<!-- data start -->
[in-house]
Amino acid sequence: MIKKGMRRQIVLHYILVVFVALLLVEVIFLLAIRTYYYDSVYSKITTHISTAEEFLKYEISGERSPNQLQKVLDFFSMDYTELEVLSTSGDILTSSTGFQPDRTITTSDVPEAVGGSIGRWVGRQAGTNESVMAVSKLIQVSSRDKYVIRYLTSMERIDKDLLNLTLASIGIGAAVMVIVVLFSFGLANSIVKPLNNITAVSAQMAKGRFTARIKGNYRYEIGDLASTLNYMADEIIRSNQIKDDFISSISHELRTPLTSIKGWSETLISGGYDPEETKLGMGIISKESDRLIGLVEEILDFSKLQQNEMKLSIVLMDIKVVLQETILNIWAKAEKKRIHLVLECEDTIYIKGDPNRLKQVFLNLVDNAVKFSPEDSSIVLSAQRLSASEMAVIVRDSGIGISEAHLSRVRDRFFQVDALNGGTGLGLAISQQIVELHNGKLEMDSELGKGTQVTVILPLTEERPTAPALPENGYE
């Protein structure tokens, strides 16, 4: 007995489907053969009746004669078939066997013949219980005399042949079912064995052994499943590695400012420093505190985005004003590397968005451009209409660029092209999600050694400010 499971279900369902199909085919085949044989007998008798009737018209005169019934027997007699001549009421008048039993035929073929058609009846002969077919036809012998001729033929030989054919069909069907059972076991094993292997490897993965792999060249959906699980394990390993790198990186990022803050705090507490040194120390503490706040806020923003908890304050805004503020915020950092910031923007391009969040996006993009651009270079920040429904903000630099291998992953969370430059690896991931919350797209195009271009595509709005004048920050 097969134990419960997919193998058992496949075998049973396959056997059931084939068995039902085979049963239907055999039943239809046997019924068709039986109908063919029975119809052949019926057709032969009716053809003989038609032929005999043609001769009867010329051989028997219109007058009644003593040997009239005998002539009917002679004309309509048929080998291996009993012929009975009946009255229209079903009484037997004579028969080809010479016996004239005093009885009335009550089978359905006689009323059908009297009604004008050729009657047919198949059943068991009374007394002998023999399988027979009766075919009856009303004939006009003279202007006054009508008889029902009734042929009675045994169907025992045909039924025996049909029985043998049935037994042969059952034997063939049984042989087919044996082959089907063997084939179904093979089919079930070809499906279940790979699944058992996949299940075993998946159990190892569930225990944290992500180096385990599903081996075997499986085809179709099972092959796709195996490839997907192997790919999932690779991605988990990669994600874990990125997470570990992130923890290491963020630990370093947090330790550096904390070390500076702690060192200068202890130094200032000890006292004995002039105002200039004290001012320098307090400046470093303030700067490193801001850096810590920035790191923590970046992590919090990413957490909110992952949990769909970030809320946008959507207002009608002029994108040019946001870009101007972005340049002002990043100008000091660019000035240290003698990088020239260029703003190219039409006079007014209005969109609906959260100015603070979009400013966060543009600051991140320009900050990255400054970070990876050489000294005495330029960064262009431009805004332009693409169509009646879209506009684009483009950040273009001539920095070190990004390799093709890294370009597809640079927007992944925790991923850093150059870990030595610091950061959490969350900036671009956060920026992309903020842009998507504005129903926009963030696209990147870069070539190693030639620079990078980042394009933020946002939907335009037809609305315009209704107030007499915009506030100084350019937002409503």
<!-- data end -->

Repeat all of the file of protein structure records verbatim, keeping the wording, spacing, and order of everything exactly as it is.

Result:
[in-house]
Amino acid sequence: MIKKGMRRQIVLHYILVVFVALLLVEVIFLLAIRTYYYDSVYSKITTHISTAEEFLKYEISGERSPNQLQKVLDFFSMDYTELEVLSTSGDILTSSTGFQPDRTITTSDVPEAVGGSIGRWVGRQAGTNESVMAVSKLIQVSSRDKYVIRYLTSMERIDKDLLNLTLASIGIGAAVMVIVVLFSFGLANSIVKPLNNITAVSAQMAKGRFTARIKGNYRYEIGDLASTLNYMADEIIRSNQIKDDFISSISHELRTPLTSIKGWSETLISGGYDPEETKLGMGIISKESDRLIGLVEEILDFSKLQQNEMKLSIVLMDIKVVLQETILNIWAKAEKKRIHLVLECEDTIYIKGDPNRLKQVFLNLVDNAVKFSPEDSSIVLSAQRLSASEMAVIVRDSGIGISEAHLSRVRDRFFQVDALNGGTGLGLAISQQIVELHNGKLEMDSELGKGTQVTVILPLTEERPTAPALPENGYE
């Protein structure tokens, strides 16, 4: 007995489907053969009746004669078939066997013949219980005399042949079912064995052994499943590695400012420093505190985005004003590397968005451009209409660029092209999600050694400010 499971279900369902199909085919085949044989007998008798009737018209005169019934027997007699001549009421008048039993035929073929058609009846002969077919036809012998001729033929030989054919069909069907059972076991094993292997490897993965792999060249959906699980394990390993790198990186990022803050705090507490040194120390503490706040806020923003908890304050805004503020915020950092910031923007391009969040996006993009651009270079920040429904903000630099291998992953969370430059690896991931919350797209195009271009595509709005004048920050 097969134990419960997919193998058992496949075998049973396959056997059931084939068995039902085979049963239907055999039943239809046997019924068709039986109908063919029975119809052949019926057709032969009716053809003989038609032929005999043609001769009867010329051989028997219109007058009644003593040997009239005998002539009917002679004309309509048929080998291996009993012929009975009946009255229209079903009484037997004579028969080809010479016996004239005093009885009335009550089978359905006689009323059908009297009604004008050729009657047919198949059943068991009374007394002998023999399988027979009766075919009856009303004939006009003279202007006054009508008889029902009734042929009675045994169907025992045909039924025996049909029985043998049935037994042969059952034997063939049984042989087919044996082959089907063997084939179904093979089919079930070809499906279940790979699944058992996949299940075993998946159990190892569930225990944290992500180096385990599903081996075997499986085809179709099972092959796709195996490839997907192997790919999932690779991605988990990669994600874990990125997470570990992130923890290491963020630990370093947090330790550096904390070390500076702690060192200068202890130094200032000890006292004995002039105002200039004290001012320098307090400046470093303030700067490193801001850096810590920035790191923590970046992590919090990413957490909110992952949990769909970030809320946008959507207002009608002029994108040019946001870009101007972005340049002002990043100008000091660019000035240290003698990088020239260029703003190219039409006079007014209005969109609906959260100015603070979009400013966060543009600051991140320009900050990255400054970070990876050489000294005495330029960064262009431009805004332009693409169509009646879209506009684009483009950040273009001539920095070190990004390799093709890294370009597809640079927007992944925790991923850093150059870990030595610091950061959490969350900036671009956060920026992309903020842009998507504005129903926009963030696209990147870069070539190693030639620079990078980042394009933020946002939907335009037809609305315009209704107030007499915009506030100084350019937002409503």